Public policies are “short-sighted” in relation to vulnerable people, study
In the Republic of Moldova there are significant inequalities between different social groups. Over the years, these inequalities have not diminished significantly. The main reason is that public policies are “short-sighted” in relation to vulnerable people. The opinion was expressed by Andrei Brighidin, director for development, monitoring and evaluation of the East Europe Foundation, as a conclusion to “Unequal Moldova” Study report, presented at a press conference at IPN.
According to Andrei Brighidin, since 2015, Moldova has made a commitment to ensure the implementation of sustainable development objectives. One of these objectives states that no one should lag behind in national and local development. “Unfortunately, after four years of 2030 Agenda implementation at international level, the Moldovan authorities have not yet proceeded with the implementation of Moldova 2030 “National Development Strategy”, he says. Andrei Brighidin believes that Moldovan policies are focusing too much on economic development and strengthening institutions, without taking into account the individual-centred approach.
Cristina Răilean, secretary of the Platform for Active Aging, mentions that in Moldova every fifth person is elderly. The study shows that the incomes of the elderly do not cover the subsistence minimum. Since the pension constitutes the main income source for the elderly, the Platform recommends that the Government and the Ministry of Health, Labour and Social Protection resume discussions on the pension system reform in order to ensure a decent living for the elderly.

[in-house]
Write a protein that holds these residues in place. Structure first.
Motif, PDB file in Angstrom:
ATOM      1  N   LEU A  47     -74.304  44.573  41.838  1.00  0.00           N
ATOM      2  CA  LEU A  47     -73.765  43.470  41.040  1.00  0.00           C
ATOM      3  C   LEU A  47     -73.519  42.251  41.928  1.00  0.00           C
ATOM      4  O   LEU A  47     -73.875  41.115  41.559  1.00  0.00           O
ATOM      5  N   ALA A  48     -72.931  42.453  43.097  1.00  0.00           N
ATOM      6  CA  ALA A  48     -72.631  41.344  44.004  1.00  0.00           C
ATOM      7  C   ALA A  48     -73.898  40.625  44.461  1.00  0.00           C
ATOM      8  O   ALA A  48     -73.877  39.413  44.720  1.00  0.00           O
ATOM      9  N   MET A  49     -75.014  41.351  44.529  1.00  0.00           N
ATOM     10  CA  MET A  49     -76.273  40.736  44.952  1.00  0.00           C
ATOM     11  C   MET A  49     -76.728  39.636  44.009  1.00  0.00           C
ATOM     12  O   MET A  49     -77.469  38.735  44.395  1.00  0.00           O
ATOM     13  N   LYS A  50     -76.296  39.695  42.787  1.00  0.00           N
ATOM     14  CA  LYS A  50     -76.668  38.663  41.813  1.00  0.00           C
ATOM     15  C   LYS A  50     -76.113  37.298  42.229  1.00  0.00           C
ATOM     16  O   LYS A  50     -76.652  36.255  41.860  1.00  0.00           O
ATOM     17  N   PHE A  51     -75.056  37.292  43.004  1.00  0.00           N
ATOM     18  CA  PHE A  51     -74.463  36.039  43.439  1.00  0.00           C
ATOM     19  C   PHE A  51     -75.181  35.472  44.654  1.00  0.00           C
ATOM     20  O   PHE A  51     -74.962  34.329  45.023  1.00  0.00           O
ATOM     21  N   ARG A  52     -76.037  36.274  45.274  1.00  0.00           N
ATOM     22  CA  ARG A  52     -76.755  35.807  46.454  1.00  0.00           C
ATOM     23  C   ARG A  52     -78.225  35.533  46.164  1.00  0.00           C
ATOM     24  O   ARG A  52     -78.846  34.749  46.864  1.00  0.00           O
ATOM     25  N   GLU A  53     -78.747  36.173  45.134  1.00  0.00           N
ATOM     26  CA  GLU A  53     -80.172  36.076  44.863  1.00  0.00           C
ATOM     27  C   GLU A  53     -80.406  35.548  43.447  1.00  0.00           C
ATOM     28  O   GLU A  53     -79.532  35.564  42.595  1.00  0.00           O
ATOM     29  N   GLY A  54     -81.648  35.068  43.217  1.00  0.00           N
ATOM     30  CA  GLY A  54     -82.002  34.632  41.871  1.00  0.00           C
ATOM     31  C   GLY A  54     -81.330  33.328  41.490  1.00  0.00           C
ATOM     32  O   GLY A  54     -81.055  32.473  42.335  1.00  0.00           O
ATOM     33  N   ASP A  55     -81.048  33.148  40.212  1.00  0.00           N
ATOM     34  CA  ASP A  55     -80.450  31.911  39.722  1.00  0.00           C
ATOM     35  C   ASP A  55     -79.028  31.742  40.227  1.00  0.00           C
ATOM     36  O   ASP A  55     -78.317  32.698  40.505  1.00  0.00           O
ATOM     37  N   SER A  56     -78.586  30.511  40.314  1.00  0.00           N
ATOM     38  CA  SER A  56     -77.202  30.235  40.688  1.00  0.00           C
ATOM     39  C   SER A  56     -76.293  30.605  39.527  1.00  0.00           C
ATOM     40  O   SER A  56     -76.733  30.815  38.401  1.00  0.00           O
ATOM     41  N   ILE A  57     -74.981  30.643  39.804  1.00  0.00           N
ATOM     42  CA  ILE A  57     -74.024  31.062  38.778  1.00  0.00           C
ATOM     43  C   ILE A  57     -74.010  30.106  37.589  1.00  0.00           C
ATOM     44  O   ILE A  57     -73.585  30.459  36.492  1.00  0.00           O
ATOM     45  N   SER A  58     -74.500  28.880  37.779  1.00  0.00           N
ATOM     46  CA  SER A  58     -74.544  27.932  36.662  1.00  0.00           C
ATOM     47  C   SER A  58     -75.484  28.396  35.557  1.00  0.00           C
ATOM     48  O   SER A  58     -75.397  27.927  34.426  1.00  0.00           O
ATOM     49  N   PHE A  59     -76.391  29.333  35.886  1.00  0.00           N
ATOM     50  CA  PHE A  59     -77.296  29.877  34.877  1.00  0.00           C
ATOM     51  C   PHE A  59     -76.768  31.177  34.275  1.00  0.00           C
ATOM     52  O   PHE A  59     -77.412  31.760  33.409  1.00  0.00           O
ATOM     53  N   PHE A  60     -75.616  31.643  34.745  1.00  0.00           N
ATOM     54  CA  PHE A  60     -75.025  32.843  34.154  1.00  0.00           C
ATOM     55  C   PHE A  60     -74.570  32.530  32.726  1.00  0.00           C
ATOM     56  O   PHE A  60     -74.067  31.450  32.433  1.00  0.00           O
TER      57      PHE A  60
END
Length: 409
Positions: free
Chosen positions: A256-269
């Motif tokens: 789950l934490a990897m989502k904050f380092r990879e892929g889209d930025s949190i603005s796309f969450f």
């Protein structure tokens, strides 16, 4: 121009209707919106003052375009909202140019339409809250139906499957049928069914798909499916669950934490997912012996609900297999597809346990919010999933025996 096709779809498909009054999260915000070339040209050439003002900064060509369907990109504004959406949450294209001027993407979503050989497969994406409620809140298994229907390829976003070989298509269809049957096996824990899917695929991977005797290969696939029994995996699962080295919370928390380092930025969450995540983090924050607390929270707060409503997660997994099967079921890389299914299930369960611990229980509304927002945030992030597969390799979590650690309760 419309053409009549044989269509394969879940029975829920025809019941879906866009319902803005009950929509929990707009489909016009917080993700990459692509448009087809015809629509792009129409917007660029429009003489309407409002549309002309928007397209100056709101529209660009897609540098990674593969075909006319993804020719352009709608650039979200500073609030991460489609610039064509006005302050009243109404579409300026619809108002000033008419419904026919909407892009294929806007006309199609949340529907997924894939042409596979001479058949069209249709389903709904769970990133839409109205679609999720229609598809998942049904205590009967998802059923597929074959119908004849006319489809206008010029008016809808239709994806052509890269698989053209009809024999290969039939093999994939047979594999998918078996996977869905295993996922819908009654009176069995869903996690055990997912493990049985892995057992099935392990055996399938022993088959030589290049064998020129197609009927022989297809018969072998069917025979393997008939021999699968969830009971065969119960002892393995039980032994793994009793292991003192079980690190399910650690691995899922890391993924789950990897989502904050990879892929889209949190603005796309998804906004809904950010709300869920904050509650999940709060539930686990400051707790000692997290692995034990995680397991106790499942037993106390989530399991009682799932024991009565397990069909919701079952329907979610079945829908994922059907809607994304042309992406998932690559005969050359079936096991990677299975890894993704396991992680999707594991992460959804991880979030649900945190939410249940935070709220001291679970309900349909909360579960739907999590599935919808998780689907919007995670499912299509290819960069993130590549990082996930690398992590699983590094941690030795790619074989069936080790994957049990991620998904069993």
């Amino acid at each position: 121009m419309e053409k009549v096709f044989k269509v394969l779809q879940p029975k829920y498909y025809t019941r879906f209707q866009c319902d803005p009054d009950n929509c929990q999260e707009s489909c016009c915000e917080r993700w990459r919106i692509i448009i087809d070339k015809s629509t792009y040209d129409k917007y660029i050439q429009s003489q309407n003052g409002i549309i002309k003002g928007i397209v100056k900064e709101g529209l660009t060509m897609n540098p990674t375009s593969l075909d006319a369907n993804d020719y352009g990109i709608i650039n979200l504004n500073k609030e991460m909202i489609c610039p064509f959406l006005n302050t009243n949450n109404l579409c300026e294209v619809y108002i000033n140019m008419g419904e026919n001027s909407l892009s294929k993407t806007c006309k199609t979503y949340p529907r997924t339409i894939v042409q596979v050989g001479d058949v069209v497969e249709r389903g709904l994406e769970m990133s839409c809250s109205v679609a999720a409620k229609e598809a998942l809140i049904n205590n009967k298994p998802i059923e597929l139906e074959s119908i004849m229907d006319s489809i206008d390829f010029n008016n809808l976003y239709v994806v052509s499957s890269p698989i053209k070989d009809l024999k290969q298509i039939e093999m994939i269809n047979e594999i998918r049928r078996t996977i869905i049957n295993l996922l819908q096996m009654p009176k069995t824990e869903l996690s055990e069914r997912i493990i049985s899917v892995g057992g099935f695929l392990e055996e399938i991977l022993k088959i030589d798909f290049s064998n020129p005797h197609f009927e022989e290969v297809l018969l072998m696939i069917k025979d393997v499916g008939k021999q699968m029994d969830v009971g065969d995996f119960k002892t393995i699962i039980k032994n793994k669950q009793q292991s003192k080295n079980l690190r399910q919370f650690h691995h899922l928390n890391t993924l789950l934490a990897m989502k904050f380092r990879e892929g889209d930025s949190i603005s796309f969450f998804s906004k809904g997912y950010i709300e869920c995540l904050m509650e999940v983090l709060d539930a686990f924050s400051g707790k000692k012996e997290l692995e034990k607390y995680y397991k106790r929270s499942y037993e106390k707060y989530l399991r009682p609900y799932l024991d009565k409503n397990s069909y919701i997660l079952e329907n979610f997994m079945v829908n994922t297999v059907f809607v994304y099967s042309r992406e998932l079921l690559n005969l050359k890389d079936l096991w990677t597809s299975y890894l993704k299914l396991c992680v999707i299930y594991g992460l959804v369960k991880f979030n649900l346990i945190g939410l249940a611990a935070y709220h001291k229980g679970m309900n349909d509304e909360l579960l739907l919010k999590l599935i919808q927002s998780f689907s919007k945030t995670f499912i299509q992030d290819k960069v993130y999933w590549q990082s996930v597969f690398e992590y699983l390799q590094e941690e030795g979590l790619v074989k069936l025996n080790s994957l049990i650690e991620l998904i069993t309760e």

According to the research, over 24% of people stated that they could not afford to buy medicine for 200 lei. The elderly have limited access to medical services even if they have medical insurance. More than 40% of them do not see a doctor even if they need to, the main reason being the lack of money, but also the difficulty of reaching a medical institution. One in two elderly women is subjected to violence. In most cases the aggressor is a family member. Cases are not reported because of the stigma and fear.
Roman Banari, deputy chairman of the National Youth Council of Moldova, says that young people are also facing inequalities. They participate less than the elderly in the decision-making process that affects their lives. One problem concerns the access to health services, only 60% of youths have health insurance policies. The reason would be the rise in unemployment among youths. The study also shows that young people work mostly in informal conditions. Also, 40% of the interviewed girls stated that they were subjected to domestic violence.
The report was drawn up within the framework of “Joint Equal Opportunity Initiative” project, implemented by the East Europe Foundation together with the Partnership for Development Centre, from resources provided by the Swiss Agency for Development and Cooperation (SDC).